Friday, November 17, 2006

Pg. 69: "Slay Ride"

Chris Grabenstein's pre-novelist biography is so interesting that you should click here right now, check it out, then come back to read about the books.

Chris won the Anthony Award for "Best First Mystery" (given at Bouchercon 2006) for his debut novel Tilt A Whirl—the first in a series of John Ceepak stories to be set "Down The Shore" in a New Jersey tourist town called Sea Haven. The second book, Mad Mouse, arrived in June 2006. Carroll & Graf will publish the third, Whack A Mole, in June 2007. The fourth, Hell Hole (Chris says "it's a ride like the Gravitron"), is scheduled for the summer of 2008.

Chris's second series of fast-paced page-turners—the Christopher Miller Holiday Thrillers—starts with Slay Ride to be followed by Turkey Shoot in 2007.

I asked Chris to apply the "page 69 test" to Slay Ride.

Here is what he reported:

I was surprised by Marshal’s choice of the 69th page because, as you may know, there is a rumor among writers that out in Hollywood, the moguls and muckety-mucks only read pages 30, 60 and 90 of a standard 120-page script, because those are the pages where, according to the time-honored Syd Field Screenwriting Paradigm, the major turning points will take place. It’s true. Next time you’re watching a movie, check your watch at 29, 59, and 89 minutes into the film. Something big is just about to happen.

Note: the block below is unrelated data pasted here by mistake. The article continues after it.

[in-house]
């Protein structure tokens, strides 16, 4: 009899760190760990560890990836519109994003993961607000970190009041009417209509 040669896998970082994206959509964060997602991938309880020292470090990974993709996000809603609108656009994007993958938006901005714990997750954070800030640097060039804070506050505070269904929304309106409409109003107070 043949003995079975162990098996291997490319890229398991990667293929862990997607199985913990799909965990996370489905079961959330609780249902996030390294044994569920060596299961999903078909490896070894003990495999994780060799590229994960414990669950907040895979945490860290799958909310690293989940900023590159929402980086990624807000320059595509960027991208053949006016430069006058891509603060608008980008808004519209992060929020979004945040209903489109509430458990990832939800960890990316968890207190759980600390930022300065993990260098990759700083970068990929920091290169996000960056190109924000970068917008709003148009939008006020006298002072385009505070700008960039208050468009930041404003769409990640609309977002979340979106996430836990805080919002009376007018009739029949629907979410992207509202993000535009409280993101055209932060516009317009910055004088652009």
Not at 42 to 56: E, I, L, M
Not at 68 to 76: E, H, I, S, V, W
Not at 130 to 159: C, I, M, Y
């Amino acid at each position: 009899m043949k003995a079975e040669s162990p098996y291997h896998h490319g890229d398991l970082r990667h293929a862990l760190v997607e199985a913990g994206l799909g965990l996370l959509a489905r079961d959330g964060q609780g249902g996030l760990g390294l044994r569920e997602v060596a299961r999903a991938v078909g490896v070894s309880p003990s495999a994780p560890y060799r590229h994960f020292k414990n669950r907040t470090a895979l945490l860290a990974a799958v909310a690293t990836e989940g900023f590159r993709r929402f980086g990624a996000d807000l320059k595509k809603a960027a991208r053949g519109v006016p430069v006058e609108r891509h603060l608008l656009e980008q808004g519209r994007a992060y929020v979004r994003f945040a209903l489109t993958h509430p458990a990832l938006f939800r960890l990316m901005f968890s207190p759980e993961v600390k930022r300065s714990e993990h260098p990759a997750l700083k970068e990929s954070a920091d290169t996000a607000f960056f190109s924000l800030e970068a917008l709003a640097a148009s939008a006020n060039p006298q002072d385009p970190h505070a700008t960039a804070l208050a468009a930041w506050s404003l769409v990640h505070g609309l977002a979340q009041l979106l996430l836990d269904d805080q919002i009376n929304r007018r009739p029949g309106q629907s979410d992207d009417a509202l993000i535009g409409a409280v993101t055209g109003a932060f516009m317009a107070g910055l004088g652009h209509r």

But, I digress. Took me that much time to flip through 68 pages of Slay Ride, my new holiday thriller. (I like what said about Slay Ride: “Chris Grabenstein does for limo drivers and Santa Claus what Stephen King did for clowns.”)

To get to page 69, obviously, you have to pass through page 67, which, in Slay Ride, is filled with three words centered on the page like a movie subtitle:


Yes, at this point in the book I flash forward from one holiday season to the next.

In the first drafts, I didn’t do that. I wrote several chapters detailing the decline and fall of Nicolai Kyznetsoff, the psycho limo driver, after a customer, advertising exec Scott Wilkinson, calls in the complaint that causes Kyznetsoff to lose his job.

When I cut out those scenes, the book became crisper and creepier. I let the reader imagine the worst. What happened during that “off-screen” time?


Kyznetsoff spent nearly a year plotting his revenge on the ad man who ruined his life.

On page 69, the story shifts into the plot line that will eventually bring Kyznetsoff up against Christopher Miller, an FBI agent who is a specialist in kidnapping cases and a legend in the bureau.

We meet a bitter old Russian woman named Elena Bizanko sunning and gossiping with the other “babushkas” in park in Brighton Beach, a section of Brooklyn often called Little Odessa.

What I enjoy about this scene is remembering my research trip out to Brooklyn. I saw this angry-looking woman sitting in the bright November sun in Tilyou Park and tried to capture her with words on a computer screen like a painter might do with oil on canvas:

Elena Bizanko was dressed in a leopard-print sweater-jacket, which she wore layered on top of three other sweaters, all in differing patterns of plaid and animal print. On her head, she wore a light brown ski cap trimmed with snowflakes. The knit cap was pulled down snugly over her ears and hid every strand of her hair. Her hands, buried inside plaid mittens, rested on top of her ample belly. She sat like a czarina.

“If I was home,” she said, “I would be in clover. I would be in my villa and the maids would lay a fire in the marble fireplace.”